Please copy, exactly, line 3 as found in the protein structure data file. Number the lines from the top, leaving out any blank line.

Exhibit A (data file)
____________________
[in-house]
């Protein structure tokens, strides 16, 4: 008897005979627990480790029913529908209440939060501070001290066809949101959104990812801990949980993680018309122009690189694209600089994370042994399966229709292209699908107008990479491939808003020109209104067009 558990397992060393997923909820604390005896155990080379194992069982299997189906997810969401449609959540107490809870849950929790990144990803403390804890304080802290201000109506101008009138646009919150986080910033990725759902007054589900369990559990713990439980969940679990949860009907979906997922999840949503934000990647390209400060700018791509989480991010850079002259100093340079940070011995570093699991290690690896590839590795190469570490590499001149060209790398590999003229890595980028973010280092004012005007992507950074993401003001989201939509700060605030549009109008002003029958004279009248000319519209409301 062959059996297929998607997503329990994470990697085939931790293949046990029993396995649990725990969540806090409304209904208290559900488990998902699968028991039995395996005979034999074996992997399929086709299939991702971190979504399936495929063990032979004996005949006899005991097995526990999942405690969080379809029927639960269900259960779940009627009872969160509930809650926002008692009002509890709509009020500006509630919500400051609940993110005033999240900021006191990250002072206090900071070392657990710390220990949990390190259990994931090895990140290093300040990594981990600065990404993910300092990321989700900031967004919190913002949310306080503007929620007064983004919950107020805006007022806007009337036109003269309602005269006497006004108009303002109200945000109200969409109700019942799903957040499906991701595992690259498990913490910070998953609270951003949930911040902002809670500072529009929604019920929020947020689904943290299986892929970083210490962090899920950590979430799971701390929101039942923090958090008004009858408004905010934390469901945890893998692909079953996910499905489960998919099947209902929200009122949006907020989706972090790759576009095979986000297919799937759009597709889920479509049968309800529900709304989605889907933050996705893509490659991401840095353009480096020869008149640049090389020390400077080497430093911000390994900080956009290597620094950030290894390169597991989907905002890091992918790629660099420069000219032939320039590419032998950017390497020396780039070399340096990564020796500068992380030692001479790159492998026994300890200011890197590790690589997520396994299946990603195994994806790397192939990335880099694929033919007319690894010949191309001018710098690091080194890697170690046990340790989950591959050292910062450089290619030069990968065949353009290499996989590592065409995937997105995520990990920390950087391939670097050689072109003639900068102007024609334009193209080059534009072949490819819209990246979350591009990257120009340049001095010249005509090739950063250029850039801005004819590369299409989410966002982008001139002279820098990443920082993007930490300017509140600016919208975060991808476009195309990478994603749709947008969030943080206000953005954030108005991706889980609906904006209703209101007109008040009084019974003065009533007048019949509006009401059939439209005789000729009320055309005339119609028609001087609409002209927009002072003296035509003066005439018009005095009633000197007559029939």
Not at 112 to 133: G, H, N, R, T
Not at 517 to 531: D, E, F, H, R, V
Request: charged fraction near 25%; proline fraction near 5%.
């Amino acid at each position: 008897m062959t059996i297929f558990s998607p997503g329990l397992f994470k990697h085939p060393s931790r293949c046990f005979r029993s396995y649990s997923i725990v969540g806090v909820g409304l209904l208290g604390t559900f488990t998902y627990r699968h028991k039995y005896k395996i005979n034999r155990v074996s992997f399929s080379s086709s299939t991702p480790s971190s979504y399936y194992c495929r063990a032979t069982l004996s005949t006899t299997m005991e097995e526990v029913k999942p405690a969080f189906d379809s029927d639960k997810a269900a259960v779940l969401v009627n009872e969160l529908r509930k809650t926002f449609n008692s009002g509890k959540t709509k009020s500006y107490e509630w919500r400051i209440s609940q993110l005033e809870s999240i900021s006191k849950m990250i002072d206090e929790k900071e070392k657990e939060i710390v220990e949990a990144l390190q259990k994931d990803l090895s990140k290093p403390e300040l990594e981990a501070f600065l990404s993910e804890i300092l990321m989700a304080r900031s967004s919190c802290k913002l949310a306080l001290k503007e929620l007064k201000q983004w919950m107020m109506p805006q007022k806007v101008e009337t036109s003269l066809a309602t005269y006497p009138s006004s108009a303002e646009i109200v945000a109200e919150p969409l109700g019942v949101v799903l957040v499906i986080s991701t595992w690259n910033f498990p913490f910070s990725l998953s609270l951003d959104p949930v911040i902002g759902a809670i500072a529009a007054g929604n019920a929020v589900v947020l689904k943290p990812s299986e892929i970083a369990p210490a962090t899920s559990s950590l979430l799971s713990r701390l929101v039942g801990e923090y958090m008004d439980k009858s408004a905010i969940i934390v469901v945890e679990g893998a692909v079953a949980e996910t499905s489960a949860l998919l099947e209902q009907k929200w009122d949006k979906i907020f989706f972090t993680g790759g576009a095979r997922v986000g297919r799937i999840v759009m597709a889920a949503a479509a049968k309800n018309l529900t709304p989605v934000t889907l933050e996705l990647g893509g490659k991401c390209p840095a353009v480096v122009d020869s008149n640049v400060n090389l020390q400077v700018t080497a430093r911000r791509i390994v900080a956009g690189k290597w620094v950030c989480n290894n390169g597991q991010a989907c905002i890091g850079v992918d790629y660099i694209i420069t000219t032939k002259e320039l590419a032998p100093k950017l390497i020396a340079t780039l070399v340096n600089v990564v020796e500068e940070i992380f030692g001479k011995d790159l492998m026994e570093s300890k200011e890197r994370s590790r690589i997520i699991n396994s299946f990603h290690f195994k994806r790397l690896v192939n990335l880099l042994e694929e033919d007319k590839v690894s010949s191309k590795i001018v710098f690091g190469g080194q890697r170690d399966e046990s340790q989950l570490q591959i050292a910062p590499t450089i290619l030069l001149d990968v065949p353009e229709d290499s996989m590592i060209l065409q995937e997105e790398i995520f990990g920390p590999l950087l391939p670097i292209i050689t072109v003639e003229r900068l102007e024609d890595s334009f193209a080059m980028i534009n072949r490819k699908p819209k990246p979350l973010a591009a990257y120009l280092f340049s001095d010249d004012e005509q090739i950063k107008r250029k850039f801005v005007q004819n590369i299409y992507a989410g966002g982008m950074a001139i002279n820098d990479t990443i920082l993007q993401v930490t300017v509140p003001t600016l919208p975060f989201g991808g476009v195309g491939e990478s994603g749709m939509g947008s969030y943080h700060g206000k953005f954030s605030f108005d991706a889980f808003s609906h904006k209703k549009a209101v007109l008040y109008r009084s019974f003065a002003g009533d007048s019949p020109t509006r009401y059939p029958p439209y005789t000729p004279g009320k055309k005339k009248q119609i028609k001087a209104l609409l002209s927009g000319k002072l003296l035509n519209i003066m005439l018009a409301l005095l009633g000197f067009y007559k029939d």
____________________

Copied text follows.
Not at 112 to 133: G, H, N, R, T